One morning I came to work and was summoned to see the Under Secretary, who formally informed me that there had been a serious breach of security and I was required to see - um, somebody. I mean they did tell me her name and a job title, but frankly I did not believe either. At one time I had worked near St James's Park, and one of the neighbouring buildings was known by all to be used by some kind of intelligence outfit. The building was anonymous. There was no brass plate outside. Ian Fleming in his Bond novels suggested that MI6 pretended to be a company Universal Exports. That may have been true at one time but wasn't then. My Dad, as a Clerk in the Public Control Department of the London County Council in 1939, looked after vehicle registration documents. He was able to easily determine that some vehicles which seemed to be involved in laundry collection and delivery were actually engaged in clandestine activities. He, of course, kept this information to himself until long after the war was over. But it seemed to me then, and still does, that if someone tells you they work for Government Security - they may well not be especially truthful. About anything at all.
I asked for one of my colleagues to be present when I met the security woman. Neither of us were permitted to take notes. Apparently, there was a bunch of spooks who were employed to wander around inside government offices checking on the effectiveness of the security arrangements. And they had looked into my office desk diary and tried some of the phone numbers I had written down for contacts, and one of those numbers worked to open a combination lock on a key box in a nearby office. Not in my office, somewhere else. That produced keys that opened cabinets which contained information some of which was classified "confidential". Such documents were subject to special handling and storage arrangements. Hardly any of them came across my desk. It did not matter that my colleagues and I had devised a simple way to retrieve the combination that we actually needed that had nothing to do with diaries or phone numbers - and opened a different set of file drawers to the ones the spooks had got open.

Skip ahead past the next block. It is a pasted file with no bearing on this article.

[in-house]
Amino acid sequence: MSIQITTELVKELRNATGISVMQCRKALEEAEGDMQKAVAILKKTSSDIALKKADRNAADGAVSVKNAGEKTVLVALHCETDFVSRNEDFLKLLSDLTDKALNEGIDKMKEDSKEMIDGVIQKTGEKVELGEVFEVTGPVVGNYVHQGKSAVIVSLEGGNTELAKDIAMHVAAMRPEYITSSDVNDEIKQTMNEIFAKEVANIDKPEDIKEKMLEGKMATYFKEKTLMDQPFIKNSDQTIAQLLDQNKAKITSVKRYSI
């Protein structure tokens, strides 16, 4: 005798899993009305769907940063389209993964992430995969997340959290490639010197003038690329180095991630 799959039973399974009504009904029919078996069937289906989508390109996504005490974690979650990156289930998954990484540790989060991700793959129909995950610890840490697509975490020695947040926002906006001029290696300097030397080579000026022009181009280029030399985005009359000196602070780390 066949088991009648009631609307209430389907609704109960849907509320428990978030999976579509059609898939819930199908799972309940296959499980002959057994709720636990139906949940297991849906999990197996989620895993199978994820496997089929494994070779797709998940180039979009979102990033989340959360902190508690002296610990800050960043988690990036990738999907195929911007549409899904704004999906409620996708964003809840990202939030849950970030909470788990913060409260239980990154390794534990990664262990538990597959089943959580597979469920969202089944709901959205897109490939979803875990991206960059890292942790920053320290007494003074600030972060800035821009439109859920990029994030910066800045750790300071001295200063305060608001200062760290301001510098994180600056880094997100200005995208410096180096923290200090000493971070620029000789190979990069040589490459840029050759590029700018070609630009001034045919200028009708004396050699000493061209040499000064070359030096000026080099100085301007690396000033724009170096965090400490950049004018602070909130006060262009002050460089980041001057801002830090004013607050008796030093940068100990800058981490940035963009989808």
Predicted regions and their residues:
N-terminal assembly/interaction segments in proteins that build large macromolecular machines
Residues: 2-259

So I was given a formal reprimand. Then she smiled: "Not that we think the Russians are especially interested in the new parking rates for the City of Westminster."
I didn't like to tell her that I had no idea we were being consulted about that. It was a municipal matter and well beyond our control. Indeed our attempts to influence the City in how they controlled parking were going exactly nowhere as there simply had not been time to set up adequate procedures before the GLC was abolished. Something I did know something about, and might well have been why they decided to give me a job, but no-one had ever bothered to talk to me about.
I'm afraid that always coloured my reaction to any of the revelations about the security and intelligence community. It always seemed to me that anything that happened in any government office was much more readily explicable by the cock-up theory than the conspiracy theory. Yes, SIGINT probably did get huge amounts of material from unauthorised wiretaps. The problem was they were unable to sort the few bits of real hard intelligence from the vast amounts of dross - or even to stitch together the good bits into a narrative that anyone actually paid attention to. And subsequently I have read both revelations from those victimised by this system and the counter story of those who try to continue to persuade us that any of this is really necessary. And I know who I prefer to believe. Duncan Campbell and Edward Snowden seem to me to be on the right track.
By the way, at the time I did expect a bit more questioning about my activities in what had been a Communist Country and which subsequently became a grisly killing field. But no-one seemed interested in that either.